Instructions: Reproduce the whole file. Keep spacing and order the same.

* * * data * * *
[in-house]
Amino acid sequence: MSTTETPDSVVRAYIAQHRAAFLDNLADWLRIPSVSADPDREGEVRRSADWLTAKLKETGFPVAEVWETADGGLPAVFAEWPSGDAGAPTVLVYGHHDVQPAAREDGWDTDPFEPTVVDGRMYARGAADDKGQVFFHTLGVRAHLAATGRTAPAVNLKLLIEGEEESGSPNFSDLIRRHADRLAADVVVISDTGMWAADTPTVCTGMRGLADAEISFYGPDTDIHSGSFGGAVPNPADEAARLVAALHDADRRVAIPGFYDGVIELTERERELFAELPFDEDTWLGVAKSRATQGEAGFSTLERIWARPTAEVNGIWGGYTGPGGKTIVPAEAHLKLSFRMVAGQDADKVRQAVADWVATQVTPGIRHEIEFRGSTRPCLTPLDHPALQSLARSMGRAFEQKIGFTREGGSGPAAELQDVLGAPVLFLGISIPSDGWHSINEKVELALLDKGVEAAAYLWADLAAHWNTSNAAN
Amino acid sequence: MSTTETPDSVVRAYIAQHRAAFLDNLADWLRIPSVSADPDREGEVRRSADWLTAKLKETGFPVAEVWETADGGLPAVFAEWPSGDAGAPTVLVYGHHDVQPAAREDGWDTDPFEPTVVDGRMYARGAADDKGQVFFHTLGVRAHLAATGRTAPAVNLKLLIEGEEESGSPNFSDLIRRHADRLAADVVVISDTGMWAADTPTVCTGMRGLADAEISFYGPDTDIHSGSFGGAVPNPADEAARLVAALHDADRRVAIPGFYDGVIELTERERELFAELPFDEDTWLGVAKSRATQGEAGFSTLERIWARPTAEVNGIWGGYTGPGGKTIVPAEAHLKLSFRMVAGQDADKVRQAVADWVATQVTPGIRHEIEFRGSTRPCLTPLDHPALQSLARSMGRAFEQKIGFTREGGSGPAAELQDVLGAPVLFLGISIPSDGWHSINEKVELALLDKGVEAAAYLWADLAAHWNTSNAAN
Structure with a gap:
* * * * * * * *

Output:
[in-house]
Amino acid sequence: MSTTETPDSVVRAYIAQHRAAFLDNLADWLRIPSVSADPDREGEVRRSADWLTAKLKETGFPVAEVWETADGGLPAVFAEWPSGDAGAPTVLVYGHHDVQPAAREDGWDTDPFEPTVVDGRMYARGAADDKGQVFFHTLGVRAHLAATGRTAPAVNLKLLIEGEEESGSPNFSDLIRRHADRLAADVVVISDTGMWAADTPTVCTGMRGLADAEISFYGPDTDIHSGSFGGAVPNPADEAARLVAALHDADRRVAIPGFYDGVIELTERERELFAELPFDEDTWLGVAKSRATQGEAGFSTLERIWARPTAEVNGIWGGYTGPGGKTIVPAEAHLKLSFRMVAGQDADKVRQAVADWVATQVTPGIRHEIEFRGSTRPCLTPLDHPALQSLARSMGRAFEQKIGFTREGGSGPAAELQDVLGAPVLFLGISIPSDGWHSINEKVELALLDKGVEAAAYLWADLAAHWNTSNAAN
Amino acid sequence: MSTTETPDSVVRAYIAQHRAAFLDNLADWLRIPSVSADPDREGEVRRSADWLTAKLKETGFPVAEVWETADGGLPAVFAEWPSGDAGAPTVLVYGHHDVQPAAREDGWDTDPFEPTVVDGRMYARGAADDKGQVFFHTLGVRAHLAATGRTAPAVNLKLLIEGEEESGSPNFSDLIRRHADRLAADVVVISDTGMWAADTPTVCTGMRGLADAEISFYGPDTDIHSGSFGGAVPNPADEAARLVAALHDADRRVAIPGFYDGVIELTERERELFAELPFDEDTWLGVAKSRATQGEAGFSTLERIWARPTAEVNGIWGGYTGPGGKTIVPAEAHLKLSFRMVAGQDADKVRQAVADWVATQVTPGIRHEIEFRGSTRPCLTPLDHPALQSLARSMGRAFEQKIGFTREGGSGPAAELQDVLGAPVLFLGISIPSDGWHSINEKVELALLDKGVEAAAYLWADLAAHWNTSNAAN
Structure with a gap: